All the best to you and your great website!

  • Steevo says:

    How easy it is… Follow in dad’s footsteps and become an evil, mass murderer of humanity? Why not.
    Its times like this the thought of hell seems so right.

  • Render says:

    The increase in drone attacks can also be directly related to the increased tempo of Coalition operations.
    The CIA is not the only group operating armed UAV’s in the region.
    SHARED
    TARGET
    LISTS,
    R

  • Rhyno327 says:

    They may not be saying he’s dead to keep the “legend” alive. Maybe OBL is dead too, but they won’t say it. I always believed the US should have gone full tilt on airstrikes in the tribal areas. Looks like it may be paying off. Why do we let AQ operate in Quetta with impunity? This bothers me most, knowing the P-stani’s will do NOTHING. Hope he’s gone. We will know eventually.

  • Tyler says:

    If I had to guess, the intel community is now putting this out there hoping for Al Qaeda to fill in the blanks. To knock loose some propaganda or chatter on Saad’s proximity to the mortal coil.
    One thing you have to hand to our enemy in Pakistan, they’re pretty trustworthy when it comes to confirming or disconfirming who amongst their ranks has been splattered by a Hellfire missile. One of the rare benefits of fighting an ideology for whom martyrdom is the point.

  • Tyler says:

    Consider also that this is being put out there deliberately on the heels of yesterday’s revelations re: American Al Qaeda operative Bryant Neal Vinas. If he was captured in November and turned snitch on his ‘brothers’ after that he may well have been a key source for some or even many of the HVT kills we’ve seen since then.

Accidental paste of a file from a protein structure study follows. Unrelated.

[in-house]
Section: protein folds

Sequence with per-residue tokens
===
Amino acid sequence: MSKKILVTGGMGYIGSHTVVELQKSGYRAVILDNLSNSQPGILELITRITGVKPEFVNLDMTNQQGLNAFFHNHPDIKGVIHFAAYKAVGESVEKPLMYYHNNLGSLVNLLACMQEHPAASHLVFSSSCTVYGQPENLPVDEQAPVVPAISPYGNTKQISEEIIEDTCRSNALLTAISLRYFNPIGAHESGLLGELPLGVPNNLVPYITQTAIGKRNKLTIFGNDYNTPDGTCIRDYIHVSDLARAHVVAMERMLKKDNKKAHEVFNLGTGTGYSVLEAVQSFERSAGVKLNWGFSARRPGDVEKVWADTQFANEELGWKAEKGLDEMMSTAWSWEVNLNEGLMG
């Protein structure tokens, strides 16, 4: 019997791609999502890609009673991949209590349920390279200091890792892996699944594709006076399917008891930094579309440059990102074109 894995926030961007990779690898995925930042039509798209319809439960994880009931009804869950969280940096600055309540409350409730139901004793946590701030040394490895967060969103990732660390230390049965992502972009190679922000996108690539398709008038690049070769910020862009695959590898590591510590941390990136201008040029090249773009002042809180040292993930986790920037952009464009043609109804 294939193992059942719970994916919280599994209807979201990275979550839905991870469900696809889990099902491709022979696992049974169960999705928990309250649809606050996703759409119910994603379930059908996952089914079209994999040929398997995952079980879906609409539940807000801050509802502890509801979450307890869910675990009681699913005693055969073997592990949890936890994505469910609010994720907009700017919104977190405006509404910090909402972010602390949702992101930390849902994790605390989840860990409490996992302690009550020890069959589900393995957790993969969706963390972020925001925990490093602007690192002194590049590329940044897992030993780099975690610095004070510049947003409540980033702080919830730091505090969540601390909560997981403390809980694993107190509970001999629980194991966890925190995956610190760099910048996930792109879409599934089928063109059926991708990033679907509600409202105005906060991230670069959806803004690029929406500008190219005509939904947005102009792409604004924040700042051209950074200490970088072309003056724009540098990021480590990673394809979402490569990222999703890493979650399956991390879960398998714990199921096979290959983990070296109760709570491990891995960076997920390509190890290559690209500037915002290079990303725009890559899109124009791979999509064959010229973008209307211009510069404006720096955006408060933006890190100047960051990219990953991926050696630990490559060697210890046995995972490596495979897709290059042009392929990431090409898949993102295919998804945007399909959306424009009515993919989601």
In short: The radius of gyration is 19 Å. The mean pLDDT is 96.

The two stories, back to back…one operative’s death and another’s betrayal…can really get these guys looking over both shoulders.

  • Tommy says:

    Considering how close knit Middle Eastern families are, It wouldn’t surprise me if Bin Laden himself or at least some of Saad’s other brothers were nearby.

  • Kevin says:

    A report on NPR this morning seemed to indicate that he was not a direct target of the attack but “in the wrong place at the wrong time”
    http://www.npr.org/templates/story/story.php?storyId=106903109
    It might be they have intelligence chatter that says he’s dead but haven’t pinned down the attack.

  • mr. parker says:

    I wish they would wait for confirmation before stating we killed one of the swine leaders.
    If we announce that we killed a commander and he’s still alive, that adds to his prestige and mythology.
    Mullah Omar is an example of this going back to Soviet times.

  • yash says:

    it doesnt matter. Jehadis will normally have 30-40 kids… if one of them is gone it doesnt make any difference

Iraq

Islamic state

Syria

Aqap

Al shabaab

Boko Haram

Isis